In the UK we condemned our craft bakers at the same time we scaled up industrialisation, some time soon after the end of the second world war. As a nation we stopped eating half as much bread, down from 1565g in 1955 to 885g in 1981 (Wenlock, 1983). Is this due to the commoditisation of our food system and bread making as part of that? I grew up in the 70’s and ate things like Finders Crispy Pancakes, waffles, short crust bread pizza with cornedbeef topping and pasta in a can, my wife’s diet was a lot worse than that, and a friend of mines mum boiled her corn on the cob for an hour, and in a a pressure cooker. I ate healthy allotment veg too, but everything outside our immediate control took the form of industrialised rubbish. In Richard Sennets book ‘The Carftsmen’ he talks in his prologue about Reinhold Neibuhr and his observation that anything that seems possible should be tried, and that this is built into our very existence. Sennet goes on to document the writings of Heidegger on the occasion he compared the misdeed of death camps to mechanised agriculture. Both he says through Peter Kempt’s words “should be regarded as the embodiment of the ‘same technological frenzy’ which if left unchecked would lead to a world-wide ecological catastrophe. Those words were uttered in 1949, today we find ourselves deep inside this technological frenzy that has lead to this ecological catastrophe.
Bio-diversity loss is 1000 to 10,000 times it’s natural level caused mainly by industrial agriculture’s clammer for more land. As the land they had becomes defunct and yields stagnate or drop they burn and deforest the next swath. As the majority of the worlds industrially processed land is used for cereal growth and wheat is the third biggest crop at 600m tones(FAOSTAT) off 520m acres, then we should think that – its a bit of a leap but I’ll explain more as this thesis develops – bread making on an industrial scale is a major cause of this ecological catastrophe and that just because we can create machines to take over what craftspeople used to do that doesn’t mean we should do it. Today in the UK 97% of our bread is ‘technologically’ constructed and consumed by us in bulk of eye watering proportions, 11m loaves baked a day (Whitely 2011), according to Mintel (2013) £3.8b a year was spent on baked goods in 2013 (this includes other bread, bagels, etc) and 53% of the UK population eat white sliced bread daily. In Neibuhr words this whole industry of machines and mechanical processes makes sense, we can do it so why wouldn’t we? We have proved with food, bread and agriculture that we can push our systems so far down a route that it is neigh on impossible for the majority of people to see a way back. With bread making I believe we can see our way back, past the 70’s and the great wars to a time when bread was made by craftspeople. Andrew Whitley – http://breadmatters.com/index.php?route=information/information&information_id=26 – argues we need 75,000 craft bakers to change the industrial baking paradigm we are currently in. This maybe true mathematically, and makes a lot of sense socially, I’d love to see, through my research whether this is already happening and if it is what form it could eventually end up as.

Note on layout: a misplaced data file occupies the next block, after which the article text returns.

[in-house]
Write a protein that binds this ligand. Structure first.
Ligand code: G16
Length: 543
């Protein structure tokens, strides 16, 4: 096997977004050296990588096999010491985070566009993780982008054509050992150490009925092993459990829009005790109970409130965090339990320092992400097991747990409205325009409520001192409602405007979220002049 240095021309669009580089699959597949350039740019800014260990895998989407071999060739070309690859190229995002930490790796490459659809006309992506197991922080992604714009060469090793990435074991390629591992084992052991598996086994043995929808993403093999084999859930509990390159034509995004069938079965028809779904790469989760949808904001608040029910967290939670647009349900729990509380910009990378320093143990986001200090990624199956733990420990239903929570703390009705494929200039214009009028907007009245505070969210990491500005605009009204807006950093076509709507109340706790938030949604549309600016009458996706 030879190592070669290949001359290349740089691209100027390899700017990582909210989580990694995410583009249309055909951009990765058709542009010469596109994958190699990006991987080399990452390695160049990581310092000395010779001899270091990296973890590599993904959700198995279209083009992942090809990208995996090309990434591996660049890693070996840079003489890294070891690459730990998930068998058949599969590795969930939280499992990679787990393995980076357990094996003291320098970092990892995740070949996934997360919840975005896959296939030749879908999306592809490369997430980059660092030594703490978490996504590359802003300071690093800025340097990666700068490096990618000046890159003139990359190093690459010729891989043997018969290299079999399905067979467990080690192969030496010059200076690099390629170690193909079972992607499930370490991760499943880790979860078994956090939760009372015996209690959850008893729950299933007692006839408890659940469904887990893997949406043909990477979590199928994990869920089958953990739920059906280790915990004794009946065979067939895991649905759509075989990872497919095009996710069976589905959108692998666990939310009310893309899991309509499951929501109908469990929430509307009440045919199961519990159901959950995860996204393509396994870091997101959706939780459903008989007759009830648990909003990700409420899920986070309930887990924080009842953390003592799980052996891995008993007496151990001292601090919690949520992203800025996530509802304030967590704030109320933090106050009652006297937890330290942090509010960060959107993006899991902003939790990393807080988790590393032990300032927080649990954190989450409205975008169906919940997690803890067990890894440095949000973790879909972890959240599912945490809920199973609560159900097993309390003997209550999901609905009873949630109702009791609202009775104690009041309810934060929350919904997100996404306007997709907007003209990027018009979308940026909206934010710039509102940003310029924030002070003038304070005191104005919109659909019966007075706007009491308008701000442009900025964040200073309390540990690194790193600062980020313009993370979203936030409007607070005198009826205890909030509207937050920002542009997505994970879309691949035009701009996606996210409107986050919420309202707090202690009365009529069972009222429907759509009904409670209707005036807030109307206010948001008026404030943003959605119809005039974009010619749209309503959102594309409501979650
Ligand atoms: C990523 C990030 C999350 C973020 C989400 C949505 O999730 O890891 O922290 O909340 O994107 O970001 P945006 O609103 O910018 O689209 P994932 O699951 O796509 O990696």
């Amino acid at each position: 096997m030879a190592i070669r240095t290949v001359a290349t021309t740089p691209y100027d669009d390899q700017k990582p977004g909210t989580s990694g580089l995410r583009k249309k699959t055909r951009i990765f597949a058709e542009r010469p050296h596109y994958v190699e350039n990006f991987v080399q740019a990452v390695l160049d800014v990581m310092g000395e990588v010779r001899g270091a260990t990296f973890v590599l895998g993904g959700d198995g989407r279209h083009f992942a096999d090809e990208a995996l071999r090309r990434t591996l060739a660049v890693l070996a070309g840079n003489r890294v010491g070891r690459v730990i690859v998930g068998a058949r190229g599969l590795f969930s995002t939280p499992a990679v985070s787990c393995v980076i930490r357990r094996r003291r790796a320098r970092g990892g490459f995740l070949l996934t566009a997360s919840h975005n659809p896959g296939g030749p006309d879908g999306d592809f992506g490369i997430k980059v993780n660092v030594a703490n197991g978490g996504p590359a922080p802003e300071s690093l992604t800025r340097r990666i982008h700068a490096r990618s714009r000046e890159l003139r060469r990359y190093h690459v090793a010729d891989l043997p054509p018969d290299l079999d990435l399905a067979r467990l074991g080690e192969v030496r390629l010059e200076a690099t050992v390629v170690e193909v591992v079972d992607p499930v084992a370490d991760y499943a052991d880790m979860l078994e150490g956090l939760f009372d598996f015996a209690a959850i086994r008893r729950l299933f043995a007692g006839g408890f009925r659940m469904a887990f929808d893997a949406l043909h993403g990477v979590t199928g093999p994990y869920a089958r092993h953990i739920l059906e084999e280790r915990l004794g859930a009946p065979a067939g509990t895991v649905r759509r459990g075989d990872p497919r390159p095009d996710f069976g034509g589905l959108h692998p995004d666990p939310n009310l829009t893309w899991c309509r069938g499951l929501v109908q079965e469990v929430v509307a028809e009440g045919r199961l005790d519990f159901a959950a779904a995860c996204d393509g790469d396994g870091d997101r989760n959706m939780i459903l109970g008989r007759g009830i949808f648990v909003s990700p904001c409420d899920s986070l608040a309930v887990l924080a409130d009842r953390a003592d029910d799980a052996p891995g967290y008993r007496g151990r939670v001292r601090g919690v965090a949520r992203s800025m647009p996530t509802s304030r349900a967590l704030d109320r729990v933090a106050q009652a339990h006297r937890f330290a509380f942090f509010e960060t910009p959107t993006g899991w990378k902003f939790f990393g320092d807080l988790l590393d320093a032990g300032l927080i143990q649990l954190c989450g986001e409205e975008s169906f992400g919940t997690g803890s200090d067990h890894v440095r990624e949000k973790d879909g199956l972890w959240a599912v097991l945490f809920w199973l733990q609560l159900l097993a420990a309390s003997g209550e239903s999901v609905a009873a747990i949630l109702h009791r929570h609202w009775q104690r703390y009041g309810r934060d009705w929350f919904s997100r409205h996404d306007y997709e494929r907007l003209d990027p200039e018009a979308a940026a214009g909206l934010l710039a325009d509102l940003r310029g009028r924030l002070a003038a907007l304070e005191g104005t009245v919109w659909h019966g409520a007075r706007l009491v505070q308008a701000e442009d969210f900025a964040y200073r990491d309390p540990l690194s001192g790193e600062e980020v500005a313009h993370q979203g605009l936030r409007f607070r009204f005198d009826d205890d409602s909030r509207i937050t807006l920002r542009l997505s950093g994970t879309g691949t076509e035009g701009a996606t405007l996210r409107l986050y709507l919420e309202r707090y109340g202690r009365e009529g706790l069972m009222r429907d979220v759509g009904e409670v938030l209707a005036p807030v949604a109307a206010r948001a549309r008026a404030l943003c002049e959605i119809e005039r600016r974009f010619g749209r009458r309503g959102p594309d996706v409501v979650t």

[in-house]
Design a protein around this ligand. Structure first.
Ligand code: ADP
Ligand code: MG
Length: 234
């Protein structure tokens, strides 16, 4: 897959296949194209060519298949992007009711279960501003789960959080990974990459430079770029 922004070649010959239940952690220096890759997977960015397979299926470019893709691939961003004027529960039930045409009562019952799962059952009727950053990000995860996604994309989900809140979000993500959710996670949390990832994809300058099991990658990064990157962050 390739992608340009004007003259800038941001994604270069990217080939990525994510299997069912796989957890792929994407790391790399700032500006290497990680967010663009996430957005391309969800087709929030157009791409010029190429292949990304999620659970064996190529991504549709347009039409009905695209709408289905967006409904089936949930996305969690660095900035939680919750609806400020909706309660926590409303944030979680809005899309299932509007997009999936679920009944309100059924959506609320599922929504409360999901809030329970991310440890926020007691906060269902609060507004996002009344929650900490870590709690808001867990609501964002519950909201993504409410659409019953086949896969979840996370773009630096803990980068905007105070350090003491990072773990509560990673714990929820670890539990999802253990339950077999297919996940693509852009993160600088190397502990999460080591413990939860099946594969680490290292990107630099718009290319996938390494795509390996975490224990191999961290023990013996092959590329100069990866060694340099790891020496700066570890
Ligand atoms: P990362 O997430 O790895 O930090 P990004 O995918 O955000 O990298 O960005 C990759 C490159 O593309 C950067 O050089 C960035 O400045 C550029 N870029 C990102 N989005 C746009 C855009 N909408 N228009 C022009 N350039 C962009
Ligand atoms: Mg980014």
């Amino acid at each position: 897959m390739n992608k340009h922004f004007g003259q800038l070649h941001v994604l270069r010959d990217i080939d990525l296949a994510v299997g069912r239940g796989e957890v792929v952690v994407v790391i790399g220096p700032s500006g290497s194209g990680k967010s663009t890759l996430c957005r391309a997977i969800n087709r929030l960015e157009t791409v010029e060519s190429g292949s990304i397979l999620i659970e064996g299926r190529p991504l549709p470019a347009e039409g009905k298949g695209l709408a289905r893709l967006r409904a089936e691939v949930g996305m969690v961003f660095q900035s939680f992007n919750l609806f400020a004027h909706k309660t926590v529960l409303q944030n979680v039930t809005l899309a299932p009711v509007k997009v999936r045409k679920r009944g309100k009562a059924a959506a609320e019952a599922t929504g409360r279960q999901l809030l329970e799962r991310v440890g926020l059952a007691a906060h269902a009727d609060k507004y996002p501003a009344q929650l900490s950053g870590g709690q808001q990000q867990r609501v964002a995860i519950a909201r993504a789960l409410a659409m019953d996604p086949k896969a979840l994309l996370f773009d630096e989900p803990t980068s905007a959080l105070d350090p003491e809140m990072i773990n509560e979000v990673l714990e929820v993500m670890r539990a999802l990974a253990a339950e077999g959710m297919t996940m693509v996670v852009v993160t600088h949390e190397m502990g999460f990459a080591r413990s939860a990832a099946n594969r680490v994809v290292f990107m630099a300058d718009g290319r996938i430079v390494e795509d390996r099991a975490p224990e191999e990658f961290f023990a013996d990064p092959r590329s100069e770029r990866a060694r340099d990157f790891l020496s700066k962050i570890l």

Any help elaborating on this subject is much appreciated…. feel free to comment.